A guide to travelling solo

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Travel is always exciting. Whether it’s a road trip in England or a round-the-world flight taking in several countries. I always love the feeling of a map in my hand, a ticket to an awesome place and a camera in my bag.

But what if you decide to take off on your own? What can you do to make your experience enjoyable, but also as safe as it can possibly be? Of course there’s the old adage that there is safety in numbers, but sometimes you get the travel bug and you’ve just got to go.

I think the first thing, regardless of what the movies say, is be organised. This isn’t Bill Bryson’s Neither Here Nor There, where you can just swan up to a safe, clean hotel and expect to get a room. You need some kind of plan as to what you’re going to do once you arrive in a city. There’s usually three important, obvious and yet frequently overlooked, things that you need to remember: Where am I going to sleep tonight? What am I going to eat tonight? And do I have enough money left to get out of here when I need to? I know they sound like the most obvious things in the world, but when you’re travelling alone they’re very important. When you’re with someone else you might be able to get away roughing it in a park, but on your own you probably don’t want to risk it unless you’re the next Bruce Lee.

Another tip, once you’ve found your safe place to stay is don’t put all your money in one place. This applies to everybody, whether you’re travelling alone or not. Keep some money on you, sure, but then keep some in a space place in your hotel room, and a little bit more in a pocket in your bag. That way if something adverse does happen and you lose some, you will have something to go to for back up. This applies to debit/credit cards as well – keep one somewhere secret and safe so that if worst comes to the worst you’ve always got something to turn to.

A further tip for travelling safely is to check out the customs of the place you’re going to. This especially applies to the ladies – if you’re going somewhere where you’ll be expected to wear a headscarf, do so, try and blend in a look as little like a tourist as possible. Even if you’re going to place where you wouldn’t expect to have to do anything different at all, say America, be careful because if you decide to do a bit of cheeky topless bathing, you could get arrested for indecent exposure. I know that sometimes it can be difficult to be up to speed with all the tips and tricks of that country, but usually a guidebook will tell you the essential things you need to know – just don’t stand on a corner reading it! Then you will stick out like a sore thumb…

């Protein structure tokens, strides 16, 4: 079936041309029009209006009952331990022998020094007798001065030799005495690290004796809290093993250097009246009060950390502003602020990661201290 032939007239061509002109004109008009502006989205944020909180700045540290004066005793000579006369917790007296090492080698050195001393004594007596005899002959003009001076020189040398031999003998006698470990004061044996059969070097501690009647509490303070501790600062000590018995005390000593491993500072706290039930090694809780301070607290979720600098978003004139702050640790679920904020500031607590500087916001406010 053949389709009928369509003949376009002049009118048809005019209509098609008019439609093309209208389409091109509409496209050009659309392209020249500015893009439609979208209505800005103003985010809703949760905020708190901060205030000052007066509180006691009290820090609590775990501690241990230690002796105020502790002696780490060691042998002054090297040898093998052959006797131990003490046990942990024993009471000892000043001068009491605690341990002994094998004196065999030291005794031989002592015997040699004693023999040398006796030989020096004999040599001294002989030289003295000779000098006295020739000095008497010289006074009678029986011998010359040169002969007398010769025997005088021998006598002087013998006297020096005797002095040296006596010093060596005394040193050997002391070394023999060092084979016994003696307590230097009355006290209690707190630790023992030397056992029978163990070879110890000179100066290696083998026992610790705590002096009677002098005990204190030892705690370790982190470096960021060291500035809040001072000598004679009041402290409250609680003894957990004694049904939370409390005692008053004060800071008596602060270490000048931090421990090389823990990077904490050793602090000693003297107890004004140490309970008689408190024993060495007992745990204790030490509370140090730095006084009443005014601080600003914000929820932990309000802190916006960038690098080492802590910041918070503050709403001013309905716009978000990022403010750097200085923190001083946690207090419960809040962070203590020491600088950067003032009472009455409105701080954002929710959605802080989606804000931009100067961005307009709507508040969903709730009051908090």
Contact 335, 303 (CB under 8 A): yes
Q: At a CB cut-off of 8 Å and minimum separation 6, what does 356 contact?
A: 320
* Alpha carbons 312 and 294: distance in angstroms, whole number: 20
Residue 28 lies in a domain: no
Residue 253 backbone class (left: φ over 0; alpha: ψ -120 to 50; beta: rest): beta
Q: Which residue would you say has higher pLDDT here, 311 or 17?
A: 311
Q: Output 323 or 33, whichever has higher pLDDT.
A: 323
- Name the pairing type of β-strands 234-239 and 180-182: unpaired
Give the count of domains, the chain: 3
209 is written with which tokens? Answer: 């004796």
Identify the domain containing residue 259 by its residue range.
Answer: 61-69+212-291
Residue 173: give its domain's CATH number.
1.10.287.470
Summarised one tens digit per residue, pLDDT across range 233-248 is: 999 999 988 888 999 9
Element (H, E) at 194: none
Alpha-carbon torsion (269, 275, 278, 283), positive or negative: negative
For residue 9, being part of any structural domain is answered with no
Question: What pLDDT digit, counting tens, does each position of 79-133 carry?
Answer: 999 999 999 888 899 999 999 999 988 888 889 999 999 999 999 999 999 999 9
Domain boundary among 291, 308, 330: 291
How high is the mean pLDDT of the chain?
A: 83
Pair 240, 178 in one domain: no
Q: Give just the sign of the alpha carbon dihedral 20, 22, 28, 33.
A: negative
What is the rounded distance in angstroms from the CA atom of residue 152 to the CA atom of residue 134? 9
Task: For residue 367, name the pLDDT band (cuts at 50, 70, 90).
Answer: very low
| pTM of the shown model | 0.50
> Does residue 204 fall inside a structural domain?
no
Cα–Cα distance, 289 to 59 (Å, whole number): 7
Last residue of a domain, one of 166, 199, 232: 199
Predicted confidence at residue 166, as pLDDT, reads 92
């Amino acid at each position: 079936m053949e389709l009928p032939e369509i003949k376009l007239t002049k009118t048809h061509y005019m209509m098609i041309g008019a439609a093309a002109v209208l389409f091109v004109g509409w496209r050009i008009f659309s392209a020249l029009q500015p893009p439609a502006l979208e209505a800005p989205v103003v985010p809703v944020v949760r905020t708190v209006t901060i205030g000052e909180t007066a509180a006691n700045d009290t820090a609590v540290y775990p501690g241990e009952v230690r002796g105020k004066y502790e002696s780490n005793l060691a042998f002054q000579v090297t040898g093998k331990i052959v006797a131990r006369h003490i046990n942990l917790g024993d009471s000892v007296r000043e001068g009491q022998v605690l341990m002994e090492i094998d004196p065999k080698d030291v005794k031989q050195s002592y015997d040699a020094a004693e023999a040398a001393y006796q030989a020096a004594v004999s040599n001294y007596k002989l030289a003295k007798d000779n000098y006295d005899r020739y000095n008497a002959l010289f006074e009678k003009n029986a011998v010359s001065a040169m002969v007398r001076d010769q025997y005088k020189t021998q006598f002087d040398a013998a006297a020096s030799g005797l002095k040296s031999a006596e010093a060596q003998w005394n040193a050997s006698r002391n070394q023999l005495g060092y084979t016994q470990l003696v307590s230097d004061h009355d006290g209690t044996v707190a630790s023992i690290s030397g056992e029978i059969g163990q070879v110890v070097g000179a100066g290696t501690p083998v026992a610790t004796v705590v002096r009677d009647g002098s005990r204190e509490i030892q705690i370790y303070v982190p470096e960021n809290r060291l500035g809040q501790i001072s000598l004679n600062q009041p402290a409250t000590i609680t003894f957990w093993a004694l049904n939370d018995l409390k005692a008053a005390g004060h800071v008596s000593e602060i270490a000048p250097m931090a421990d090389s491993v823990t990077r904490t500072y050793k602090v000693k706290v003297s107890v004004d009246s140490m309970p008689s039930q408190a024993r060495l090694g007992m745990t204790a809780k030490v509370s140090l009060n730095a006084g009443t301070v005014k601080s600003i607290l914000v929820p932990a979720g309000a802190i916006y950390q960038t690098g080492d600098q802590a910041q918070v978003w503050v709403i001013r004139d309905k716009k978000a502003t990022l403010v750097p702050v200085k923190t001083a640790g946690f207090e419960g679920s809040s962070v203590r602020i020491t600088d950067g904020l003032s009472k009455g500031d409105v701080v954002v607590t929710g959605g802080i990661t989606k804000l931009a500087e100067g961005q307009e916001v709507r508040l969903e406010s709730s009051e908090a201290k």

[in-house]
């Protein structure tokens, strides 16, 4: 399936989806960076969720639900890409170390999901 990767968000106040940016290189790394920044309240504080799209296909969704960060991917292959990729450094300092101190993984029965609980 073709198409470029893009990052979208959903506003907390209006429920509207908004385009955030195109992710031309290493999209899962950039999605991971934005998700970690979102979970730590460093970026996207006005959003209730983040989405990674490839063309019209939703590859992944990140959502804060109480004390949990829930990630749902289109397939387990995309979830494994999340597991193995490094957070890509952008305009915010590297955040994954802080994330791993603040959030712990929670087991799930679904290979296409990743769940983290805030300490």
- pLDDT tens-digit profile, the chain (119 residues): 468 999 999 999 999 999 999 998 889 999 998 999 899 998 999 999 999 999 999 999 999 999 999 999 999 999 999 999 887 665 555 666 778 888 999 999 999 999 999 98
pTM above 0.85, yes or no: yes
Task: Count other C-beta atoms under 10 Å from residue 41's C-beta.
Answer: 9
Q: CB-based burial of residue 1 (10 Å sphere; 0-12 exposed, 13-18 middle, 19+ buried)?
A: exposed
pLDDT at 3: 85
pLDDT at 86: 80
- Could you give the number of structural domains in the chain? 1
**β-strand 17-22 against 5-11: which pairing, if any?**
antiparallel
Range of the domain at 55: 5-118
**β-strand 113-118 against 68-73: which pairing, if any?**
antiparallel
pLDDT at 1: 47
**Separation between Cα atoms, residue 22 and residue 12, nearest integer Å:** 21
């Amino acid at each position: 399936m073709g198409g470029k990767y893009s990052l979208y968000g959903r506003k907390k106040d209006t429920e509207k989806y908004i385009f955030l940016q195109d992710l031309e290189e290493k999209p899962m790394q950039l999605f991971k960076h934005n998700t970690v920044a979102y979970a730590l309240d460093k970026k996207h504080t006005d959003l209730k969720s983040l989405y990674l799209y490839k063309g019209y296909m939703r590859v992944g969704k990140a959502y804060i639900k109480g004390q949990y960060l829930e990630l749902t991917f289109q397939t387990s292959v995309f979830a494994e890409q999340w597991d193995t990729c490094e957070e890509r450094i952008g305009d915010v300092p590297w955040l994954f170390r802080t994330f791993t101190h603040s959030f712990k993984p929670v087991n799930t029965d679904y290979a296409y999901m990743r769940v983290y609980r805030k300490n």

Another tip that I picked up when I was travelling and this one is specifically for the ladies, is that if you’re going to a country where you feel it might be necessary (use your own discretion here!), you might want to wear a wedding ring. Sounds crazy right? Apparently not; if you invest in a cheap gold band to go around your finger then you might divert a lot of unwanted attention, or at least give yourself a solid excuse to divert it if it arises. Obviously don’t go flashing expensive jewellery about, but lots of guidebooks and travel blogs recommend this dependent on where you’re travelling.

Just remember; be organised. Travelling can be a lot of fun but there does need to be an aspect of safety and of a plan. Aside from your own personal safety, having a plan helps you to make the most out of a destination! There’s nothing worse than rocking up and having no idea what the place can offer you. So be prepared, be savvy and most of all be safe – you don’t want your trip of a lifetime to come crashing down around you – travelling can make the best memories and I hope you enjoy it as much as I did.

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